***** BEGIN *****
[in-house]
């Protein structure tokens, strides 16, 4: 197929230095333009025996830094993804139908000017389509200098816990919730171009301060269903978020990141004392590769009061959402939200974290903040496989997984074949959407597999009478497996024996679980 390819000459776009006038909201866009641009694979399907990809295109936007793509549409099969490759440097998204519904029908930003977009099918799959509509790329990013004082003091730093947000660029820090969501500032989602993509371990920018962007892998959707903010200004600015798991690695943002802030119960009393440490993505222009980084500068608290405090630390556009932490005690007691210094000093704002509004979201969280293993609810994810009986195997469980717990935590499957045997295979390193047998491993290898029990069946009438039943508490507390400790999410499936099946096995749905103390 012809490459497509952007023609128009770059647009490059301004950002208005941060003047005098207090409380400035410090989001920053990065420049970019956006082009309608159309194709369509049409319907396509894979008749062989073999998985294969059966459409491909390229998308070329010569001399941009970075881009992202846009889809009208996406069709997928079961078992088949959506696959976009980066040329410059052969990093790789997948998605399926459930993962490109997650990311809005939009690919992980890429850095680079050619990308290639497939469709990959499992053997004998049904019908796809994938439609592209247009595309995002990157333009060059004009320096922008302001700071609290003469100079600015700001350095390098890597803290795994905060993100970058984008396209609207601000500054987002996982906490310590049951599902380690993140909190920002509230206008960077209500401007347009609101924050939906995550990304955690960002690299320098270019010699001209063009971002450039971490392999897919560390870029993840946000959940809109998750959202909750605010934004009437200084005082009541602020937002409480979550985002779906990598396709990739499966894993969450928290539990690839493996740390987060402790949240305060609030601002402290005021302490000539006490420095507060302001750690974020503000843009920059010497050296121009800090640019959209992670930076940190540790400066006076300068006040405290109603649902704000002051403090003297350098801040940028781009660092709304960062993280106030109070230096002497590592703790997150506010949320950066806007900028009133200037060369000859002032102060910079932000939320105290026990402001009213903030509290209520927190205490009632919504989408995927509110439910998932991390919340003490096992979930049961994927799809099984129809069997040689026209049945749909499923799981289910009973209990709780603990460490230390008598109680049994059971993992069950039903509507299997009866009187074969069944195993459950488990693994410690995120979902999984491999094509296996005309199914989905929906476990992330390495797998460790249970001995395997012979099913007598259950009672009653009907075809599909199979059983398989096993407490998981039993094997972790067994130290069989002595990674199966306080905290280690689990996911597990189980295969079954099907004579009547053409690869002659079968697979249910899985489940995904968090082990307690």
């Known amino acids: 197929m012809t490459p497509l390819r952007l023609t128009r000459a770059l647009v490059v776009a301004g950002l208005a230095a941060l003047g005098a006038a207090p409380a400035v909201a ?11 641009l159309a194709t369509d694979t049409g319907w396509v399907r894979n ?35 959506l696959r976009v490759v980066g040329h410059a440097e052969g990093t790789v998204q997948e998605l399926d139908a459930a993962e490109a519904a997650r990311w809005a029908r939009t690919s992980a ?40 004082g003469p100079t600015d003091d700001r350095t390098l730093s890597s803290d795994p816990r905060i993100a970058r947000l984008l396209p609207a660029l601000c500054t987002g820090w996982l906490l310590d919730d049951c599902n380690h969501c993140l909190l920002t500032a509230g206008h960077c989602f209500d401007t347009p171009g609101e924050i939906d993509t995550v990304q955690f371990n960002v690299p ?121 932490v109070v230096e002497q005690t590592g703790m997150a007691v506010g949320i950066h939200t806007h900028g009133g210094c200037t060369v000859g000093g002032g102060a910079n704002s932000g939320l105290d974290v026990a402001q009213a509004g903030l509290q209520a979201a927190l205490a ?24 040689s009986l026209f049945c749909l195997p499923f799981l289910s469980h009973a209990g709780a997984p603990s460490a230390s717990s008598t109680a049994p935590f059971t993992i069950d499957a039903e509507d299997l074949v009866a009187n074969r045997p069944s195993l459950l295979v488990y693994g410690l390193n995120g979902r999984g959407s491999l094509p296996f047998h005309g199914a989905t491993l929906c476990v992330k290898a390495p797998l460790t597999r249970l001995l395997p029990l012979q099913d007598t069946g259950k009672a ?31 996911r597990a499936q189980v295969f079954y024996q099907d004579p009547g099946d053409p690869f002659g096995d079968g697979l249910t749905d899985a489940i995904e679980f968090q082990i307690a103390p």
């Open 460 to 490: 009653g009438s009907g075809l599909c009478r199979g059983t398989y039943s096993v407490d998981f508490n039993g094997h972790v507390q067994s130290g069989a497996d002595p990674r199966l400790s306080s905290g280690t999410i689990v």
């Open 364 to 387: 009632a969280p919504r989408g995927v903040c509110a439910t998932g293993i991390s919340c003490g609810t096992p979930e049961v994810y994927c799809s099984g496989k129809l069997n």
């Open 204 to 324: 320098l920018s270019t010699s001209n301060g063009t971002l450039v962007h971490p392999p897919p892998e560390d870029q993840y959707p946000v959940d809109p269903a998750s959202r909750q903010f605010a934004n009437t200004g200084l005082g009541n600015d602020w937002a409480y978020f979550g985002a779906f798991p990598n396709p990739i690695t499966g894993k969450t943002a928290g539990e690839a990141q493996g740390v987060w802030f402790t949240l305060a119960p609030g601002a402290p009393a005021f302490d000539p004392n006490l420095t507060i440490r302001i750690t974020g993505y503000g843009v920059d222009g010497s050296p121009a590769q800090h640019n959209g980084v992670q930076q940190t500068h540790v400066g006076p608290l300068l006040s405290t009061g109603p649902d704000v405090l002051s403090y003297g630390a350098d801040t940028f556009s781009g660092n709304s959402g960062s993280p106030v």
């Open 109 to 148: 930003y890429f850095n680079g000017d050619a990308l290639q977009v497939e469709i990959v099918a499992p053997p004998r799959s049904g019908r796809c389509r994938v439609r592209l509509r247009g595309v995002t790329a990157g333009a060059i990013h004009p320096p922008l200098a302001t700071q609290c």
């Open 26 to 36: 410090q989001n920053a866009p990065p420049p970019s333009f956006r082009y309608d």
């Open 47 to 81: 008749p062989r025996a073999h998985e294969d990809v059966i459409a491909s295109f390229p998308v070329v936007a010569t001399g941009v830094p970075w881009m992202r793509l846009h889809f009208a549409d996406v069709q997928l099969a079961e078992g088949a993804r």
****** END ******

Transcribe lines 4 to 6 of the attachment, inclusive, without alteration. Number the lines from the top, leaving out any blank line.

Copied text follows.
């Open 460 to 490: 009653g009438s009907g075809l599909c009478r199979g059983t398989y039943s096993v407490d998981f508490n039993g094997h972790v507390q067994s130290g069989a497996d002595p990674r199966l400790s306080s905290g280690t999410i689990v």
């Open 364 to 387: 009632a969280p919504r989408g995927v903040c509110a439910t998932g293993i991390s919340c003490g609810t096992p979930e049961v994810y994927c799809s099984g496989k129809l069997n």
């Open 204 to 324: 320098l920018s270019t010699s001209n301060g063009t971002l450039v962007h971490p392999p897919p892998e560390d870029q993840y959707p946000v959940d809109p269903a998750s959202r909750q903010f605010a934004n009437t200004g200084l005082g009541n600015d602020w937002a409480y978020f979550g985002a779906f798991p990598n396709p990739i690695t499966g894993k969450t943002a928290g539990e690839a990141q493996g740390v987060w802030f402790t949240l305060a119960p609030g601002a402290p009393a005021f302490d000539p004392n006490l420095t507060i440490r302001i750690t974020g993505y503000g843009v920059d222009g010497s050296p121009a590769q800090h640019n959209g980084v992670q930076q940190t500068h540790v400066g006076p608290l300068l006040s405290t009061g109603p649902d704000v405090l002051s403090y003297g630390a350098d801040t940028f556009s781009g660092n709304s959402g960062s993280p106030v």